Learning (Training) Vocab Tips

Memorizing Japanese vocabulary is much more difficult than many other languages not only because they usually bear no resemblance to English but also because you have to memorize the Kanji, the reading, and the definition. Multiply that by the tens of thousands of words in the language, and you’ve got a hefty job on your hands. While you need to spend a lot of time on grammar in the first 1-2 years, after that, it’s all about memorizing one word after another after another. In fact, I’d say over 80% of the total study time required for fluency would probably be for vocabulary.

So to give you a helping hand in such a monumental task, here are my tips for effectively transferring vocab from the dictionary into your long-term memory bank.

Memorizing for tests is not productive
Because we are so used to studying for tests, we often fall into the trap of thinking that memorizing for tests is an effective way to learn vocabulary. It is not. It is a convenient method for teachers to gauge mastery, but that does not mean it’s a good method to learn vocabulary.

The most common method of memorizing vocabulary is to take a set number of words and memorize them, commonly in the form of lists or index cards. This is a great method to prepare for a test, not for learning vocabulary in general.

Remember, doing well on tests is a means to an end, and a poor one at that. If you don’t restrict yourself to a set number of words, there is a much faster method for learning a great deal of vocabulary with a lot less headaches.

Language is trained not reasoned
Now, I’m no expert in psychology, but one thing I’m sure about is that learning a language is not a cognitive process. Rather, mastering a language requires training much in the same way as learning how to ride a bike. Just think about how you use words in your native language when you read, write, listen, or speak. The words you have memorized come to mind almost instinctually as you need them. That is the level you want to ultimately attain.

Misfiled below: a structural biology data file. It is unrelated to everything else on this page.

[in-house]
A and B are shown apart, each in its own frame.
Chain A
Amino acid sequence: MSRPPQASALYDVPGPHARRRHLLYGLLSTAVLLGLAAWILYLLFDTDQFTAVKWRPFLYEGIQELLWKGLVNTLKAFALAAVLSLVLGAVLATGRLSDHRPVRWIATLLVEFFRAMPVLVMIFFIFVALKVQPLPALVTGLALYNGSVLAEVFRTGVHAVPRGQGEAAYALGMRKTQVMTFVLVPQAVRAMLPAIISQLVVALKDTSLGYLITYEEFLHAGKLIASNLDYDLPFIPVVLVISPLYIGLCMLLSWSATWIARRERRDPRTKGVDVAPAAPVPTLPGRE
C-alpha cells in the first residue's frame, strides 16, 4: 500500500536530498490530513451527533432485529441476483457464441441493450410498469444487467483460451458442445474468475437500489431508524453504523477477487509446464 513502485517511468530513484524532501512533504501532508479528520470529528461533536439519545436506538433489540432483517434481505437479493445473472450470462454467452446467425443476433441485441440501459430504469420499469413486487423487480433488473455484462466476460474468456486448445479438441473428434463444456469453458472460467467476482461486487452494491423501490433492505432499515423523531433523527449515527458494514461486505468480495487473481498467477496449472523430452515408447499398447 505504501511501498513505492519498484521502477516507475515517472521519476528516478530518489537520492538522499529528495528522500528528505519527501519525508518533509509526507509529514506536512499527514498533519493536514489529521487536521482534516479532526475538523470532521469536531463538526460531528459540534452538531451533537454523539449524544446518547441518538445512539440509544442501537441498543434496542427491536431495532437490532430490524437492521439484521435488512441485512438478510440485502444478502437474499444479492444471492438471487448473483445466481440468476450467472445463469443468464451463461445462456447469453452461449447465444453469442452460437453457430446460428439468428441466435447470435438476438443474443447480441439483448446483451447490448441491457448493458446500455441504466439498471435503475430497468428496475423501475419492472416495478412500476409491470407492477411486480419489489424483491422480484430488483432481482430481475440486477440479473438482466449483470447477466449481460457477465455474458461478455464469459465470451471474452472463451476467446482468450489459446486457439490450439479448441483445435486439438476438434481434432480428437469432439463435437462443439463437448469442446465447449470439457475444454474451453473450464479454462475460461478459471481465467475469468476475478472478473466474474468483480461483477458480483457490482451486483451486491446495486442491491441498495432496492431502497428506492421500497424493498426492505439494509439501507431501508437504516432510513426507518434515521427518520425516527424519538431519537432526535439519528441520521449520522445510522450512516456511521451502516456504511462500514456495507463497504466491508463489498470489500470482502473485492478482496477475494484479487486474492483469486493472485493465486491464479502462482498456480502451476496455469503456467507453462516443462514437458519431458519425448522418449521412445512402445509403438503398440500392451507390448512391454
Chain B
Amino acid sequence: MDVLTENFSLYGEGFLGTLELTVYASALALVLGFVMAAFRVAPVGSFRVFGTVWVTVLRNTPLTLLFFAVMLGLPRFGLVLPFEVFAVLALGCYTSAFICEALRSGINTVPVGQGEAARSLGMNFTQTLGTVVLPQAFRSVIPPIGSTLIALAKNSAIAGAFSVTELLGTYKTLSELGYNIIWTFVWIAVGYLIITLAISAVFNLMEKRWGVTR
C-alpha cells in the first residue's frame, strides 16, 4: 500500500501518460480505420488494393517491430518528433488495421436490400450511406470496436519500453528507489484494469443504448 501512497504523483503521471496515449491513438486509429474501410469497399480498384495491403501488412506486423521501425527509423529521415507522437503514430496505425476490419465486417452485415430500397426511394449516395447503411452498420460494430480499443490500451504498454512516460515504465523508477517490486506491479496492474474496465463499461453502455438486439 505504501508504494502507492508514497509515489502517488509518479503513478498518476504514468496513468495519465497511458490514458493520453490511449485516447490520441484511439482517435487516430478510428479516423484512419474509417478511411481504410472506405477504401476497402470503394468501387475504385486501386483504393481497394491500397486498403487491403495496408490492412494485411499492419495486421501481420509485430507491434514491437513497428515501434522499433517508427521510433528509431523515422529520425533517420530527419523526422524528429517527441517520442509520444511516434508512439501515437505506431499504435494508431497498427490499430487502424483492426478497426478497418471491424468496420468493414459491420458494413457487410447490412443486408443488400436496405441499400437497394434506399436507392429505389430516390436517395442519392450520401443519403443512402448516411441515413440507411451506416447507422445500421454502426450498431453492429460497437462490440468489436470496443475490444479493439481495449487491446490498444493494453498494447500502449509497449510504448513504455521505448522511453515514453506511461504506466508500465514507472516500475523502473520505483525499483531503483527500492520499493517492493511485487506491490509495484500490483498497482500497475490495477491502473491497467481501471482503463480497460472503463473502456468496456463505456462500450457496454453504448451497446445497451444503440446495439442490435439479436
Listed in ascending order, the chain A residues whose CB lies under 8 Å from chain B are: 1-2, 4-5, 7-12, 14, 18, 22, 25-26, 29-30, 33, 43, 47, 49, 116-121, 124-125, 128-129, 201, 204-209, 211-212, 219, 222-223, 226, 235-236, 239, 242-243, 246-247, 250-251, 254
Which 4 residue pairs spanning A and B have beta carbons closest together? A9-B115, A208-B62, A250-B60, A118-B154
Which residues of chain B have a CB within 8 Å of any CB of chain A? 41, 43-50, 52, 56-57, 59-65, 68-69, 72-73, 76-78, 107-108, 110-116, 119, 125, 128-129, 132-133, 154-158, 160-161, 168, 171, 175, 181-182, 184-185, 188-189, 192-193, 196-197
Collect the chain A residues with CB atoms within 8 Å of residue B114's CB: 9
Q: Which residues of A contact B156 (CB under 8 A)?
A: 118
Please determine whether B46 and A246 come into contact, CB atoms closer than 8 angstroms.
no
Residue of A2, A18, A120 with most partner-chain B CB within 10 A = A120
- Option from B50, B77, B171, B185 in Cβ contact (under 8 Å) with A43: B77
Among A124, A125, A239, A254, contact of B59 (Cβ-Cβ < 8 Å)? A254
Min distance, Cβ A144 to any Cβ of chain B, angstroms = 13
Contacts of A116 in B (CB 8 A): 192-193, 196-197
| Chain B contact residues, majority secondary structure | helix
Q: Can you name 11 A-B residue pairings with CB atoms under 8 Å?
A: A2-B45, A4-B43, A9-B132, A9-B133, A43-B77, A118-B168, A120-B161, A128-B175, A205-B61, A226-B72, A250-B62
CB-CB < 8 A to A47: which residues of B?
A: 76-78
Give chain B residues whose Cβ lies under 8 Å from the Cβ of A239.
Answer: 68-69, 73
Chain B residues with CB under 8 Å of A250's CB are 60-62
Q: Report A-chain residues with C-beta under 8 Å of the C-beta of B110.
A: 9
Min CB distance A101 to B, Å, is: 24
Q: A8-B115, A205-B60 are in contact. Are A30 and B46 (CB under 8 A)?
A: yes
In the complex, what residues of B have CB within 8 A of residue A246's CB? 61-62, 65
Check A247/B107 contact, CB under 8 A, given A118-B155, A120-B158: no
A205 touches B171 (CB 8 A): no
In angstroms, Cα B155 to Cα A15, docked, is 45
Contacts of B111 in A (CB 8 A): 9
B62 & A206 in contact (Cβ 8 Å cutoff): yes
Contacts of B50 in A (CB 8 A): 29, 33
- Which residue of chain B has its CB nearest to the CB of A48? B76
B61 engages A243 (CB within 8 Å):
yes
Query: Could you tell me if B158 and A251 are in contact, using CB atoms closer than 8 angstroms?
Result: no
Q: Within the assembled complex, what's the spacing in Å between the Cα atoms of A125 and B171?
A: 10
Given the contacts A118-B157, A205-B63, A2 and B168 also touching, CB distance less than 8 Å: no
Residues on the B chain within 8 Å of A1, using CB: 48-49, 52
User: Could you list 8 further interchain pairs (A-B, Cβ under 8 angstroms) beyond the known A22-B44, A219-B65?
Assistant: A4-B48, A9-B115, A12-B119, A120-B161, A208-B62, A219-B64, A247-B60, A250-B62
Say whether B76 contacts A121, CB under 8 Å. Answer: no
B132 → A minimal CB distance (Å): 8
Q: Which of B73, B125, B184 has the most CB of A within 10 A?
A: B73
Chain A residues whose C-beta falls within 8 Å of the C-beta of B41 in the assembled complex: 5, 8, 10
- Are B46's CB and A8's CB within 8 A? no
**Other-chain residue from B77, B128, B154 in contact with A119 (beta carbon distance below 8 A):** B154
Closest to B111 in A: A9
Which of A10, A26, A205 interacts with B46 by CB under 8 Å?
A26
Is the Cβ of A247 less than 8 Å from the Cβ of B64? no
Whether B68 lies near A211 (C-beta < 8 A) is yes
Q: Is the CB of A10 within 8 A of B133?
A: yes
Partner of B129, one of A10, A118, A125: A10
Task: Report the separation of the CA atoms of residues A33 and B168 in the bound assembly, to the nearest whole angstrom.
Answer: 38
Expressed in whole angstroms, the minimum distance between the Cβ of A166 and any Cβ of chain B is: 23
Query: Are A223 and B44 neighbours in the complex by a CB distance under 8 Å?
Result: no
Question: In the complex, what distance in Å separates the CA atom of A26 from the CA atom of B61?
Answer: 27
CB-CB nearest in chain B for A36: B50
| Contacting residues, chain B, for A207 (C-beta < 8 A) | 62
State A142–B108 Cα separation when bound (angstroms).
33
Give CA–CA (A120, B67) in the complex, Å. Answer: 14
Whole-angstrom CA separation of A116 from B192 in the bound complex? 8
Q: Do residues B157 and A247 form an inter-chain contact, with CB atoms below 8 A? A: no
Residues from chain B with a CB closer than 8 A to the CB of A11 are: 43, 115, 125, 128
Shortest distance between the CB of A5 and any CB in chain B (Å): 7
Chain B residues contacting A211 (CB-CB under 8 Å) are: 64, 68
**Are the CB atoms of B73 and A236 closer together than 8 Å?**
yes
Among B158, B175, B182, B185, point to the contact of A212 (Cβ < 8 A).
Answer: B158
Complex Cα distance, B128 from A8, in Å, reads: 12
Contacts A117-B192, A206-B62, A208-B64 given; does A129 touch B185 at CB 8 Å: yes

The key here is to simulate that process as closely as possible in Japanese by training yourself to think in the same fashion. In order to do this, you need some sort of online dictionary to look up words as quickly as possible. For when you can’t use a computer, an electronic dictionary will also work almost as well. Once you’ve got the necessary tool, read as much as possible and look up each word you don’t know. You are essentially simulating how your mind would have worked if you had known all the words with a couple seconds lag for each word lookup. Finally, read the sentence again with all the words in your short-term memory to reinforce the process you want to attain.

For instance, let’s say you are reading 「忙しいから・・・」 and you don’t know what 「忙しい」 means. Quickly look up the word in an online dictionary or a tool like rikaichan then continue reading the sentence. Continue with this process until you finish reading the sentence, then read over the sentence again and make sure you get the meaning of the sentence as a whole. Rinse and repeat.

The idea is that you want to take input in and throw it out as quickly as possible to test your memory again and again. I guarantee you that staring at an index card for 2 minutes trying with all your might to recall the definition will not help you remember it later. The key here is wearing down those neural paths with repetition, just like how we train our bodies to do physical activities.

The beauty of this method is that the most common and useful words naturally get retained quicker because you run into them more often. It is the most effective method of training yourself to understand the most amount of Japanese as quickly as possible. Plus, by comprehending the material, you get a much richer context that will help with recollection a great deal more than flimsy examples sentences on index cards.

Instant gratification is good!
We human beings tend to get bored very easily and boring is painful so you want to give yourself an advantage by making studying fun. The best way to do this is to pick material that is interesting in itself (hopefully with some recommendations from other people). Also, an electronic tool is key because having to tediously look up word after word in a paper dictionary is excruciatingly boring (especially if you need to look up the kanji first) and a complete waste of time. You want to mentally reward yourself as quickly as possible with the answer so that you don’t bore yourself to death, which ultimately results in the “I’m too lazy to study” syndrome that is all too common among students.

But what about my test?